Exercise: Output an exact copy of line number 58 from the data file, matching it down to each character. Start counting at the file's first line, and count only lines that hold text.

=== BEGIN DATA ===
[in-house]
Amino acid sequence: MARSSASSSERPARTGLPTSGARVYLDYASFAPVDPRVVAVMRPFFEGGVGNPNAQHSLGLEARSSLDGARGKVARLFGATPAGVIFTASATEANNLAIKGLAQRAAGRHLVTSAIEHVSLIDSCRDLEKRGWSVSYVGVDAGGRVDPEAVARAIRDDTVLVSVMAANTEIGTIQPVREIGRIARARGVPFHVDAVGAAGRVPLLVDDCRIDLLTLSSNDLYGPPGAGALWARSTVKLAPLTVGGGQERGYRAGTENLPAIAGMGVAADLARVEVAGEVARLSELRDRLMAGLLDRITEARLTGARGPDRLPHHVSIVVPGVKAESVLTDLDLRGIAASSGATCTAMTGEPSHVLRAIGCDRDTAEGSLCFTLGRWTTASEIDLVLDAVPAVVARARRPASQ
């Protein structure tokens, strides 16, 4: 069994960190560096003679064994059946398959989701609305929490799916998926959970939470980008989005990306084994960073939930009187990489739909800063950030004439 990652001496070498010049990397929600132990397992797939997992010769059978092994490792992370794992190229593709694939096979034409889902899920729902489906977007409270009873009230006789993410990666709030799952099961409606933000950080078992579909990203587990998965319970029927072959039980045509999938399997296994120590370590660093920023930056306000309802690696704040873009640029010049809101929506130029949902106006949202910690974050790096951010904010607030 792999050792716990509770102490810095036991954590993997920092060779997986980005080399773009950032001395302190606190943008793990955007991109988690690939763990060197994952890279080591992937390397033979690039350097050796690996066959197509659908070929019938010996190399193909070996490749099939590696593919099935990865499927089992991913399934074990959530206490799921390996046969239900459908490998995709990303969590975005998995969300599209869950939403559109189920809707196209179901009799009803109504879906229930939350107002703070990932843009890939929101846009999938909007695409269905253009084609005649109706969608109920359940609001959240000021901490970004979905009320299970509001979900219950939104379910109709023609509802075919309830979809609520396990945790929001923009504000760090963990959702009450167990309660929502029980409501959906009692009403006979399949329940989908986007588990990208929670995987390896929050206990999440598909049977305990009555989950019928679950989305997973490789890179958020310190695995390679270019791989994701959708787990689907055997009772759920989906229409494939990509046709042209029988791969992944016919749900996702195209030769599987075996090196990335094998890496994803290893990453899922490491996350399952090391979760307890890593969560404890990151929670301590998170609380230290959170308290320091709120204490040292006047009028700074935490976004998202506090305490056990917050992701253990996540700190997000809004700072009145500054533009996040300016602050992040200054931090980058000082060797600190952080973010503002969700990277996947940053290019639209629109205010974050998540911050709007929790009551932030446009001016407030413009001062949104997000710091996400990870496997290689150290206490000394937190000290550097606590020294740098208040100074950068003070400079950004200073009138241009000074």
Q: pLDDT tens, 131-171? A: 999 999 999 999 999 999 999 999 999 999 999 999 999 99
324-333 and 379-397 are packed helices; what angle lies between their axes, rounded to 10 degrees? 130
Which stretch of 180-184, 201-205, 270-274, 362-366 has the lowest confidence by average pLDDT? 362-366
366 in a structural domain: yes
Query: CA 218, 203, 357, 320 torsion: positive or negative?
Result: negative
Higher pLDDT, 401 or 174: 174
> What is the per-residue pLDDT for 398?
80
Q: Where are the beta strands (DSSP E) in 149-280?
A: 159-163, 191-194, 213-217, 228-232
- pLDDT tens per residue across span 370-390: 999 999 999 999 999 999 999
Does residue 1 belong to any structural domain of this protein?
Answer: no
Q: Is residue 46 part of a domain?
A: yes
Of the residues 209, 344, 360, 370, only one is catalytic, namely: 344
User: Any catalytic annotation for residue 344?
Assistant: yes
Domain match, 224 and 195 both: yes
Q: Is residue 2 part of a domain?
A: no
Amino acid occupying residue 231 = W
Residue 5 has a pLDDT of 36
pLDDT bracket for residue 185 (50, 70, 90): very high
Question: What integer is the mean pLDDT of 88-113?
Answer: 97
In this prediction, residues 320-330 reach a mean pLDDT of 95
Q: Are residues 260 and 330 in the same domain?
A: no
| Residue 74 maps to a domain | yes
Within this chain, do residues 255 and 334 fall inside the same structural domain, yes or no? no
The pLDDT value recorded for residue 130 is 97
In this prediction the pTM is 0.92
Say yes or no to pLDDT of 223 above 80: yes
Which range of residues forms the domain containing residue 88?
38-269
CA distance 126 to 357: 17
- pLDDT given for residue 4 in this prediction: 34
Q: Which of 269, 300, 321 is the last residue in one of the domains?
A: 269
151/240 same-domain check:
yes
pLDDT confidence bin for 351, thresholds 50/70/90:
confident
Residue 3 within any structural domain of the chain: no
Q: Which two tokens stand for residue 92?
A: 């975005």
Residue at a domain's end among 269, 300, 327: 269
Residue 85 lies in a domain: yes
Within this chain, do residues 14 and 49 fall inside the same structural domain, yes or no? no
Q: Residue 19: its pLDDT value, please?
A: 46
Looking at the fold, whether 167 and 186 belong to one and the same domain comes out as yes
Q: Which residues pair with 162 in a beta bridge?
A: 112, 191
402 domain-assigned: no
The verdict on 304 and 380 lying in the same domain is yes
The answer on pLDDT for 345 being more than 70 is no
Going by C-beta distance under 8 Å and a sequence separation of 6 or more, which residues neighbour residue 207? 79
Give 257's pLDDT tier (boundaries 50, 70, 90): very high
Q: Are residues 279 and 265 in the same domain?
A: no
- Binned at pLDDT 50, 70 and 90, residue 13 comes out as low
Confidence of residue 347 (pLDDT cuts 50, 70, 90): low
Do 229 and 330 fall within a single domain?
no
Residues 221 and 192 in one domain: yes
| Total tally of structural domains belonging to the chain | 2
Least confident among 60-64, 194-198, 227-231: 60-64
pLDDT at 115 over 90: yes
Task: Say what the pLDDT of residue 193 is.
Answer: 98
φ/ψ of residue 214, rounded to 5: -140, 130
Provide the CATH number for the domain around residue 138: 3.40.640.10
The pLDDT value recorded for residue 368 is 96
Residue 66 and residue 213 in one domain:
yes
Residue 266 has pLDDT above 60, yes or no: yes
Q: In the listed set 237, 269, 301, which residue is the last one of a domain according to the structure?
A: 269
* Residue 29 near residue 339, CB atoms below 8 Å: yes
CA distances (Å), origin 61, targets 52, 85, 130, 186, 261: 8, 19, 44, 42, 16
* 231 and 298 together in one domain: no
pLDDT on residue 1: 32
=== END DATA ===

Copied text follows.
Q: Which residues pair with 162 in a beta bridge?